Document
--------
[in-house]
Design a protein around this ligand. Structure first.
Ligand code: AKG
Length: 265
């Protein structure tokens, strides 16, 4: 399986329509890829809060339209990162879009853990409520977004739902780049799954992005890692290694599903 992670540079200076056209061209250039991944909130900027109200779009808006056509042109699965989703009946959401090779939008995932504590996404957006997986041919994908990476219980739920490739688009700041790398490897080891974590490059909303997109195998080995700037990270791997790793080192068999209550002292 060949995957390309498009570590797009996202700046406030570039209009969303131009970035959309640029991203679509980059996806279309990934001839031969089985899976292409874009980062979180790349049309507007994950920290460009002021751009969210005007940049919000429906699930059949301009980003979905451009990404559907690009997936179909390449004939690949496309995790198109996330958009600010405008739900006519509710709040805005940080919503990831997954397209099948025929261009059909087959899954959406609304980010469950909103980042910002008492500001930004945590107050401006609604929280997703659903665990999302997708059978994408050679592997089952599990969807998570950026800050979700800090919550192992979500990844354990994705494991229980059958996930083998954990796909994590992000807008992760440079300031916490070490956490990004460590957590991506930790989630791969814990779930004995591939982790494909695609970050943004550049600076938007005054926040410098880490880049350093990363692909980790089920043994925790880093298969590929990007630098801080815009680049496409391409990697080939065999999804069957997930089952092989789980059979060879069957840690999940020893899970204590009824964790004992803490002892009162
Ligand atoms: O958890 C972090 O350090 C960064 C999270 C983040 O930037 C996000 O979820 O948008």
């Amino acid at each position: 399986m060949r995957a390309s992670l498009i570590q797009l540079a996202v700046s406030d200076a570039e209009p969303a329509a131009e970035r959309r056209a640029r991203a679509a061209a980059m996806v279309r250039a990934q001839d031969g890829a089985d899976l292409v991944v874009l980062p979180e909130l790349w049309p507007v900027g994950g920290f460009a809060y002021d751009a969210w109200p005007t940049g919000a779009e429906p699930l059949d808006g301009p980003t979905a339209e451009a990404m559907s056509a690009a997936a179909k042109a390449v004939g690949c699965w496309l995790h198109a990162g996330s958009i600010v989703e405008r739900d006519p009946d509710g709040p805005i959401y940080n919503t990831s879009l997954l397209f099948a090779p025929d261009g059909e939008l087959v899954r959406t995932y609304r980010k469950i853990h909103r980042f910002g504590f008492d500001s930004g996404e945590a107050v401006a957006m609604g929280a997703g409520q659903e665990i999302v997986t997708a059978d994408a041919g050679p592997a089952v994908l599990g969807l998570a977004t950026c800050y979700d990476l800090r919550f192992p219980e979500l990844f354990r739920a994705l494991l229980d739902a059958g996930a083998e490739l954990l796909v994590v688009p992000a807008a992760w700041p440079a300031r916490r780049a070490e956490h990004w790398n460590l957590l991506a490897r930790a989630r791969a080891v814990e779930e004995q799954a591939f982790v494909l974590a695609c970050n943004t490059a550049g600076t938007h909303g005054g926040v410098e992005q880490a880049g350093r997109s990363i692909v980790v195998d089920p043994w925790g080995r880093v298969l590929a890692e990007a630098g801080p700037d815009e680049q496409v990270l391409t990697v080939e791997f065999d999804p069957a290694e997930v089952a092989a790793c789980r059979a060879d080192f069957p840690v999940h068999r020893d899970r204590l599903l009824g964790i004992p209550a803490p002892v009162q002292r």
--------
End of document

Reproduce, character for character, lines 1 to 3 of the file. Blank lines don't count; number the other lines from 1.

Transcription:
[in-house]
Design a protein around this ligand. Structure first.
Ligand code: AKG